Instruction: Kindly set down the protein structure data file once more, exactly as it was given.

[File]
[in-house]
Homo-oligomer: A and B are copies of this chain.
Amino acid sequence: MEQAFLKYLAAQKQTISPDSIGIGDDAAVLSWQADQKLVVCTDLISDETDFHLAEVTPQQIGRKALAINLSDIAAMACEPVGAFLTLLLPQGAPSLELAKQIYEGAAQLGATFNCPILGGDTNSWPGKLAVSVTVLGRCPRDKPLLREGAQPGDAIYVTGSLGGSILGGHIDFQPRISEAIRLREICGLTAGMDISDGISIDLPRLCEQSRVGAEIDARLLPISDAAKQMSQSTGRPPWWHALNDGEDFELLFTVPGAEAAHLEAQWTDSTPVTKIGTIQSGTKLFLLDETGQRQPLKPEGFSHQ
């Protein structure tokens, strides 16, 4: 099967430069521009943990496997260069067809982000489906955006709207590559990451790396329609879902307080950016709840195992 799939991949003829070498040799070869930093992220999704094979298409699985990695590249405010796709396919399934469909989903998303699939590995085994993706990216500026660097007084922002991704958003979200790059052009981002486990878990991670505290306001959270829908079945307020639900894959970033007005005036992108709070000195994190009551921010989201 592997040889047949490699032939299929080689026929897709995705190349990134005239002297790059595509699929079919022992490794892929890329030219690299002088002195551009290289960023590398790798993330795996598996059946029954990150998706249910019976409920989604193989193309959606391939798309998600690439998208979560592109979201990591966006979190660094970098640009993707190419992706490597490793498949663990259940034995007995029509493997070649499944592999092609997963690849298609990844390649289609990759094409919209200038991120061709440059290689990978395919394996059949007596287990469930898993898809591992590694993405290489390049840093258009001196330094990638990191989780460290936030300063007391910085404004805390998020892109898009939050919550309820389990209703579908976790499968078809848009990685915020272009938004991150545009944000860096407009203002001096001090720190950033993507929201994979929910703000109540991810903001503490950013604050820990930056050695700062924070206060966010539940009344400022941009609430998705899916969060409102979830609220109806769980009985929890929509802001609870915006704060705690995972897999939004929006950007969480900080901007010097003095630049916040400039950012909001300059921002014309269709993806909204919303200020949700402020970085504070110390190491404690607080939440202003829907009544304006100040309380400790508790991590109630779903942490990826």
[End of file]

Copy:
[in-house]
Homo-oligomer: A and B are copies of this chain.
Amino acid sequence: MEQAFLKYLAAQKQTISPDSIGIGDDAAVLSWQADQKLVVCTDLISDETDFHLAEVTPQQIGRKALAINLSDIAAMACEPVGAFLTLLLPQGAPSLELAKQIYEGAAQLGATFNCPILGGDTNSWPGKLAVSVTVLGRCPRDKPLLREGAQPGDAIYVTGSLGGSILGGHIDFQPRISEAIRLREICGLTAGMDISDGISIDLPRLCEQSRVGAEIDARLLPISDAAKQMSQSTGRPPWWHALNDGEDFELLFTVPGAEAAHLEAQWTDSTPVTKIGTIQSGTKLFLLDETGQRQPLKPEGFSHQ
């Protein structure tokens, strides 16, 4: 099967430069521009943990496997260069067809982000489906955006709207590559990451790396329609879902307080950016709840195992 799939991949003829070498040799070869930093992220999704094979298409699985990695590249405010796709396919399934469909989903998303699939590995085994993706990216500026660097007084922002991704958003979200790059052009981002486990878990991670505290306001959270829908079945307020639900894959970033007005005036992108709070000195994190009551921010989201 592997040889047949490699032939299929080689026929897709995705190349990134005239002297790059595509699929079919022992490794892929890329030219690299002088002195551009290289960023590398790798993330795996598996059946029954990150998706249910019976409920989604193989193309959606391939798309998600690439998208979560592109979201990591966006979190660094970098640009993707190419992706490597490793498949663990259940034995007995029509493997070649499944592999092609997963690849298609990844390649289609990759094409919209200038991120061709440059290689990978395919394996059949007596287990469930898993898809591992590694993405290489390049840093258009001196330094990638990191989780460290936030300063007391910085404004805390998020892109898009939050919550309820389990209703579908976790499968078809848009990685915020272009938004991150545009944000860096407009203002001096001090720190950033993507929201994979929910703000109540991810903001503490950013604050820990930056050695700062924070206060966010539940009344400022941009609430998705899916969060409102979830609220109806769980009985929890929509802001609870915006704060705690995972897999939004929006950007969480900080901007010097003095630049916040400039950012909001300059921002014309269709993806909204919303200020949700402020970085504070110390190491404690607080939440202003829907009544304006100040309380400790508790991590109630779903942490990826």